|A traditional Jewish wedding. Did Louis really put his|
family through this every time he married?
This union, at last, bore signs of greater success. On the fourteenth of September 1895 a son, Berthold was born. Yet despite the birth of his son, and her relative sturdiness (she was still alive in 1920), theirs seems eventually to have been an ill-fated match. By the Federal Census of 1900, Louis was living as a boarder, described as single. While Rose and Louis are nowhere to be found in this census, it is interesting that they appear arriving as passengers into New York in 1904- they had come from Germany, where Rose was born. In the next federal census of 1910, Rose, while still describing as 'married', is living alone with a teenage Berthold; our man Louis has relocated, supposedly divorced to Massachusetts.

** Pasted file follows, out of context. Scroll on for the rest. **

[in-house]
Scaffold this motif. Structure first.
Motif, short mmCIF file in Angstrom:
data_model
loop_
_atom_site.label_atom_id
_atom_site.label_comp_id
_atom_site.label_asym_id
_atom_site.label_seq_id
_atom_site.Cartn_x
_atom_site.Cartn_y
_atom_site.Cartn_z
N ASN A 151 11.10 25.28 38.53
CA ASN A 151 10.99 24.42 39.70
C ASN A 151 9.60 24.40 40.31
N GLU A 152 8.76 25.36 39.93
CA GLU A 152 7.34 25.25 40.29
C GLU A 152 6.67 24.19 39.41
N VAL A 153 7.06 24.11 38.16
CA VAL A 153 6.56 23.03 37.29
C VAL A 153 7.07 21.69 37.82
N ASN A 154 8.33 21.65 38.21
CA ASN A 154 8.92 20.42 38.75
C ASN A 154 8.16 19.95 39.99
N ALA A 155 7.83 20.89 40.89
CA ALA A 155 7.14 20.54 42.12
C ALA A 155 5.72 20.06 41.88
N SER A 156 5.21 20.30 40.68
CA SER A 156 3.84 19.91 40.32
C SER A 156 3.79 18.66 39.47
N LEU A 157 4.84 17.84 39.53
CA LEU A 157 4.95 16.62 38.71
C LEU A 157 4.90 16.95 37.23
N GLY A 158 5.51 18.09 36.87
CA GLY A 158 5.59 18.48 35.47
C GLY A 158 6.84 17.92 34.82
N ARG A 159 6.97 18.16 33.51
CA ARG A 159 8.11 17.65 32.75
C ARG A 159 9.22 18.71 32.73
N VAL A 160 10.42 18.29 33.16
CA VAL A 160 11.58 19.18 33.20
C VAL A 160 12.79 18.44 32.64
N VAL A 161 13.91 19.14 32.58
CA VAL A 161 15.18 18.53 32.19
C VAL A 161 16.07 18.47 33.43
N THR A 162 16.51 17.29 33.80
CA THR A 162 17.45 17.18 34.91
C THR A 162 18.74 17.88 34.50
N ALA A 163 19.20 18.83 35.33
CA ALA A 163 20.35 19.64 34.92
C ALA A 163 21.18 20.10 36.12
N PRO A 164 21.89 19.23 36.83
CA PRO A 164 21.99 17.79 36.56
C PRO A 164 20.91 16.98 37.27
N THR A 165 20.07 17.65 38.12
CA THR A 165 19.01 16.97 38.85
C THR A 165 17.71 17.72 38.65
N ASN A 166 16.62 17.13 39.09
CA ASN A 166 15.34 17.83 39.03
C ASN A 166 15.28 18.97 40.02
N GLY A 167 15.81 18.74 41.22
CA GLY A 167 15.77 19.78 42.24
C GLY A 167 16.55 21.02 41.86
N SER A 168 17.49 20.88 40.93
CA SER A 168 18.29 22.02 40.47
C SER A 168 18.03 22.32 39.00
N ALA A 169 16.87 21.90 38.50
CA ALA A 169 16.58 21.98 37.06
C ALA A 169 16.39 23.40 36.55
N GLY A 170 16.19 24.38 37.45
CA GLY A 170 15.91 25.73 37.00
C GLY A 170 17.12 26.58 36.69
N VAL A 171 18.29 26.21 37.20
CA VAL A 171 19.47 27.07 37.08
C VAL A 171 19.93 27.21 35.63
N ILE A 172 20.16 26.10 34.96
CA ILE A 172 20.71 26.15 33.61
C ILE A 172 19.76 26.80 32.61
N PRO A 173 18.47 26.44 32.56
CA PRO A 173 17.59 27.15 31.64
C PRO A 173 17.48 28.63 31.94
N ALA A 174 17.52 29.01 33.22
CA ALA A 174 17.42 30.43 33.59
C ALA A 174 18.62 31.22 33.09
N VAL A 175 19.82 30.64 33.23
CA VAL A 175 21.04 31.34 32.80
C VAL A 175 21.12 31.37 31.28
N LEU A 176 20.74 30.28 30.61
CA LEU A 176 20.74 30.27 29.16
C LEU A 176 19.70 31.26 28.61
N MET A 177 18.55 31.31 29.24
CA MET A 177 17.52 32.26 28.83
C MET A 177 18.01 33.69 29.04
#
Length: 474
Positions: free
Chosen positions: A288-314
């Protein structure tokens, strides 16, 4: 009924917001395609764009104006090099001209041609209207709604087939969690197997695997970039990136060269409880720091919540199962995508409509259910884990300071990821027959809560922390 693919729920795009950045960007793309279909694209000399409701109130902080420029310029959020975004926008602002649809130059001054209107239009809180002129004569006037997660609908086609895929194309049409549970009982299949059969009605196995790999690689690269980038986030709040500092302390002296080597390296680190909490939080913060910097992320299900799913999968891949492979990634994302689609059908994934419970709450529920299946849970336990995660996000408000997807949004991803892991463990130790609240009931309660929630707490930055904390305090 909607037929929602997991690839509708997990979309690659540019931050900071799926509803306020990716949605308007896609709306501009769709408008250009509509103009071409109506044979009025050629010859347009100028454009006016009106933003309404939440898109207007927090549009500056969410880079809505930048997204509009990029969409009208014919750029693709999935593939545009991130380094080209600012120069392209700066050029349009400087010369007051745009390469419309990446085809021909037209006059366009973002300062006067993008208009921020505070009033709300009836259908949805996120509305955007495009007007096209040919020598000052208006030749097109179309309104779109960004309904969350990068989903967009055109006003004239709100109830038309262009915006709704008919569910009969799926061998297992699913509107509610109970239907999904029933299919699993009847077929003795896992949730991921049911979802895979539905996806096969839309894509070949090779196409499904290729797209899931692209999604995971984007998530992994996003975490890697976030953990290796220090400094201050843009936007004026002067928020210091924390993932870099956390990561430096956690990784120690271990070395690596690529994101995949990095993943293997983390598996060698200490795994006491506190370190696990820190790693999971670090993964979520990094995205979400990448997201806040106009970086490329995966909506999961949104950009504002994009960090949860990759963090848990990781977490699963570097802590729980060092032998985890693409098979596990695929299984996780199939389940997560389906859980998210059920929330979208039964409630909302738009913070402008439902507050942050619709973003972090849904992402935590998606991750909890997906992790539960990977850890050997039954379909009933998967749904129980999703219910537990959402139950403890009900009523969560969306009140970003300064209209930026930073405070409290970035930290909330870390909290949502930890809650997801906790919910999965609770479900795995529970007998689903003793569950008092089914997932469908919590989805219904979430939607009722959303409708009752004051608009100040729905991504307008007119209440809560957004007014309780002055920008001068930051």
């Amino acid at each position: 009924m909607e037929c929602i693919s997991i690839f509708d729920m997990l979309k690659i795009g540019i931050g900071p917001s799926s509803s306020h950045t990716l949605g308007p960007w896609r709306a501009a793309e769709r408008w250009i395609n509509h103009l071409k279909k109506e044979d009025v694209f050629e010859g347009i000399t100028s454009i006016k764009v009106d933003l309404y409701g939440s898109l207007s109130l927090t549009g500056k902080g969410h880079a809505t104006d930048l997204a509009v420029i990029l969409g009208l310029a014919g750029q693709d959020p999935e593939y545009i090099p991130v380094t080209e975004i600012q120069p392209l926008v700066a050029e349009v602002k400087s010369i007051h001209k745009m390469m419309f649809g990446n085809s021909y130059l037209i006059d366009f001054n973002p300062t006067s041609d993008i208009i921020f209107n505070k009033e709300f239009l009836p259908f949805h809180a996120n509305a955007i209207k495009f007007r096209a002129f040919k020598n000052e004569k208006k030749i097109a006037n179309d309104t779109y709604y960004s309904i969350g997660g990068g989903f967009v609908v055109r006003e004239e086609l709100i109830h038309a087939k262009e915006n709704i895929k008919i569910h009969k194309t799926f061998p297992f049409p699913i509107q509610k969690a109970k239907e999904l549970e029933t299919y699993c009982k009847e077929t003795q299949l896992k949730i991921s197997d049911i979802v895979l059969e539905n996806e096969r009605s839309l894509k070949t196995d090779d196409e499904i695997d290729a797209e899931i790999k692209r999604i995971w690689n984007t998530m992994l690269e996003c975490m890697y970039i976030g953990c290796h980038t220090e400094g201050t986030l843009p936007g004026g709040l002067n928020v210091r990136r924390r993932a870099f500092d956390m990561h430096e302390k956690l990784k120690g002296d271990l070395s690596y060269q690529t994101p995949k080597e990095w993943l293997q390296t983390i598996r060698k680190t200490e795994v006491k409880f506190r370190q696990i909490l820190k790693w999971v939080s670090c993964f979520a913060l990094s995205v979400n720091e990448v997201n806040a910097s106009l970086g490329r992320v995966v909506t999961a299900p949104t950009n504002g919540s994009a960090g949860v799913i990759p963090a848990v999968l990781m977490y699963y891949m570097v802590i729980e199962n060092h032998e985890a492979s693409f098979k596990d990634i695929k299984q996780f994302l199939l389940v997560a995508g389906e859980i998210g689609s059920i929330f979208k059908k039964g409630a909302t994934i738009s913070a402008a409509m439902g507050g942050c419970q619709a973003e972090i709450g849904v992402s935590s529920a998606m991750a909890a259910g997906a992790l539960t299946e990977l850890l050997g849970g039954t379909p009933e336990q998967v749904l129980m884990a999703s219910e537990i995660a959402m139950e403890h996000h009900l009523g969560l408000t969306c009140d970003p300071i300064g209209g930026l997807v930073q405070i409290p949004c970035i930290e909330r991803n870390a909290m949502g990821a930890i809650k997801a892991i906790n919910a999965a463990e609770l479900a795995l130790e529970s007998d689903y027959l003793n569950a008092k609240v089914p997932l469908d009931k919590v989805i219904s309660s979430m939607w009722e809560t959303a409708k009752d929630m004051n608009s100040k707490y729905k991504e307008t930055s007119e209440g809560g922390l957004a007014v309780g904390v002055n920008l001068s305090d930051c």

The final piece of busy Mr Bennett's puzzle comes in a marriage, performed by Rabbi Jacob Slavritsky in Boston, Massachusetts, on the 18th of February 1914. This is somewhat described as Louis' second marriage, following a divorce. The full names of parents are given, so we can be quite sure that this is him, but his age, given as 44 (he should been at least 50) seems about fishy as his marital status. He mercifully does not appear to have remarried, though I may well still be proved wrong, as I have not found a record yet of his death. Whilst there are still so many questions remaining about Louis remaining, it is fascinating to conclude that, minus one divorcee, he had the same number of wives with fates as King Henry VIII of England: three died, one divorced, and one survived!